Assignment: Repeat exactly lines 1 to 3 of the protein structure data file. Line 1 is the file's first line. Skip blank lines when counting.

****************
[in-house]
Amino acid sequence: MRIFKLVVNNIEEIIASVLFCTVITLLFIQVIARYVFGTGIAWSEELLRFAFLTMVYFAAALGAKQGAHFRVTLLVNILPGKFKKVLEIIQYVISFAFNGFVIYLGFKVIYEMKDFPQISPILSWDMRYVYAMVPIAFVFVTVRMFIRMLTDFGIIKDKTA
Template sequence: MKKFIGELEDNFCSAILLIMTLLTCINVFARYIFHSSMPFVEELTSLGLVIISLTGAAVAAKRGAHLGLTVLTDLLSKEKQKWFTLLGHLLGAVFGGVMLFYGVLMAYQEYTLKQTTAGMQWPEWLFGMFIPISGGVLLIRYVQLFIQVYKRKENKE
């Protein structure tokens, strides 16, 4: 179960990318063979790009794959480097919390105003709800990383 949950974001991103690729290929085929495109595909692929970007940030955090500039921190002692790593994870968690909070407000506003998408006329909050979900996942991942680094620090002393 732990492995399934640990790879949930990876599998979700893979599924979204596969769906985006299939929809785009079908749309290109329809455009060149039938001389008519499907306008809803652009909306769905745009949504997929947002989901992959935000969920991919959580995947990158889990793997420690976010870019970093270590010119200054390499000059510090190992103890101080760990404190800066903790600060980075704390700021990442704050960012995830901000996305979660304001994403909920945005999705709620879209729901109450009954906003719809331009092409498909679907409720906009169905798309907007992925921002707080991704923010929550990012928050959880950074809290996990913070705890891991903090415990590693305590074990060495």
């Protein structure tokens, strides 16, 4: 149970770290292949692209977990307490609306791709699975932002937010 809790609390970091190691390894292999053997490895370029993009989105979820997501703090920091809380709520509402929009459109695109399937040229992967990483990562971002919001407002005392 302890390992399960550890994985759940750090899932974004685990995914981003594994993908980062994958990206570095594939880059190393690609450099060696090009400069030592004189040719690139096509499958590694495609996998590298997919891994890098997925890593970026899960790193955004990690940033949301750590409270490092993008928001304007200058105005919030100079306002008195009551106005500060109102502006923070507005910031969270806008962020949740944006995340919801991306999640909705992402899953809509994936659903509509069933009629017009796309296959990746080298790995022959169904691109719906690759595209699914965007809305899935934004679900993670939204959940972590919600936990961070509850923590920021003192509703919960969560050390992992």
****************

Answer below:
[in-house]
Amino acid sequence: MRIFKLVVNNIEEIIASVLFCTVITLLFIQVIARYVFGTGIAWSEELLRFAFLTMVYFAAALGAKQGAHFRVTLLVNILPGKFKKVLEIIQYVISFAFNGFVIYLGFKVIYEMKDFPQISPILSWDMRYVYAMVPIAFVFVTVRMFIRMLTDFGIIKDKTA
Template sequence: MKKFIGELEDNFCSAILLIMTLLTCINVFARYIFHSSMPFVEELTSLGLVIISLTGAAVAAKRGAHLGLTVLTDLLSKEKQKWFTLLGHLLGAVFGGVMLFYGVLMAYQEYTLKQTTAGMQWPEWLFGMFIPISGGVLLIRYVQLFIQVYKRKENKE